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Lunch » Tags » Books » Reviews » AntiPatterns: Refactoring Software, Architectures, and Projects in Crisis » User review

How to avoid a rut in software development

  • Jan 9, 2000
In 1994, a book was published that caused a mini-revolution in the field of software development. The book was _Design Patterns_ by Gamma et. al. Their approach was to describe software in terms of patterns, which are abstractions that are more general than a standard algorithm. Since that time, a small but growing band of individuals have made great progress in the codification and application of patterns. Preliminary indications are that properly understood, and it is problematic that anyone really does at this time, and applied patterns will have a substantial affect on software development.
An antipattern is a pattern that has negative consequences when applied. This ranges from the antipattern that almost always leads to a negative consequence to those that are generally positive, but lead to negative results when used in the wrong context. One example is the Cut-and Paste Programming antipattern. We all have benefited from the use of cut and paste and we have all suffered when we used it in an inappropriate situation. Many such examples are given, and fortunately for us all, for each antipattern the authors provide instructions on how to recognize it, what causes it and how to cure it. Anyone who has worked in software development has experienced one or more of these problems.
In keeping with a negative often being more significant than a positive, it is quite possible that the study of antipatterns will yield more substantial results than similar effort being expended elsewhere. That is why I included this book in my list of best books of the year that appeared in the September, 1999 issue of _Journal of Object-Oriented Programming_.

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Charles Ashbacher ()
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Charlie Ashbacher is a compulsive reader and writer about many subjects. His prime areas of expertise are in mathematics and computers where he has taught every course in the mathematics and computer … more
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If patterns are good ideas that can be re-applied to new situations,AntiPatterns: Refactoring Software, Architectures, and Projects in Crisislooks at what goes wrong in software development, time and time again. This entertaining and often enlightening text defines what seasoned developers have long suspected: despite advances in software engineering, most software projects still fail to meet expectations--and about a third are cancelled altogether.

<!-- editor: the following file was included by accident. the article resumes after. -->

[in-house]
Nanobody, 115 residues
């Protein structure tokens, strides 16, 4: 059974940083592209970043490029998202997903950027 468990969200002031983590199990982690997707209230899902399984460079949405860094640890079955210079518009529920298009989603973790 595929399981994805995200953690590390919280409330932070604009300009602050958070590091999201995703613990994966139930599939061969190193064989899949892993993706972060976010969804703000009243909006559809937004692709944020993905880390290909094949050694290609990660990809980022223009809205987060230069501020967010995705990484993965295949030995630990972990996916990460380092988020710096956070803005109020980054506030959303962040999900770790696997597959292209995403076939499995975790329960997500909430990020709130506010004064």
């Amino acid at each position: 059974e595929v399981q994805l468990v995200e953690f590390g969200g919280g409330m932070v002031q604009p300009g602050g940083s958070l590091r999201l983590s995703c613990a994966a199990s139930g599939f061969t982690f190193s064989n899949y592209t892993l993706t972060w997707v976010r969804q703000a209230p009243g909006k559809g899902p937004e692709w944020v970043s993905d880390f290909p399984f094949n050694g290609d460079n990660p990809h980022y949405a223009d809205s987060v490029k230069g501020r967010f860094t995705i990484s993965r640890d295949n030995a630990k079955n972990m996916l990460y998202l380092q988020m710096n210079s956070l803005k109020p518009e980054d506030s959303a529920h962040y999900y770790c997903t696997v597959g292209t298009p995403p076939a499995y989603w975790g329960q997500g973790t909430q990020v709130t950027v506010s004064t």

The authors of AntiPatterns draw on extensive industry experience, their own and others, to help define what's wrong with software development today. They outline reasons why problem patterns develop (such as sloth, avarice, and greed) and proceed to outline several dozen patterns that can give you headaches or worse.

Their deadliest hit list begins with the Blob, where one object does most of the work in a project, and Continuous Obsolescence, where technology changes so quickly that developers can't keep up. Some of the more entertaining antipatterns include the Poltergeist (where do-nothing classes add unnecessary overhead), the Boat Anchor (a white elephant piece of hardware or software bought at great cost) and the Golden Hammer (a single technology that is used for every conceivable programming problem). The authors then proceed to define antipatterns oriented toward management problems with software (including Death by Planning and Project Mismanagement, along with several miniature antipatterns, that help define why so ...

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ISBN-10: 0471197130
ISBN-13: 978-0471197133
Author: William J. Brown
Publisher: Wiley

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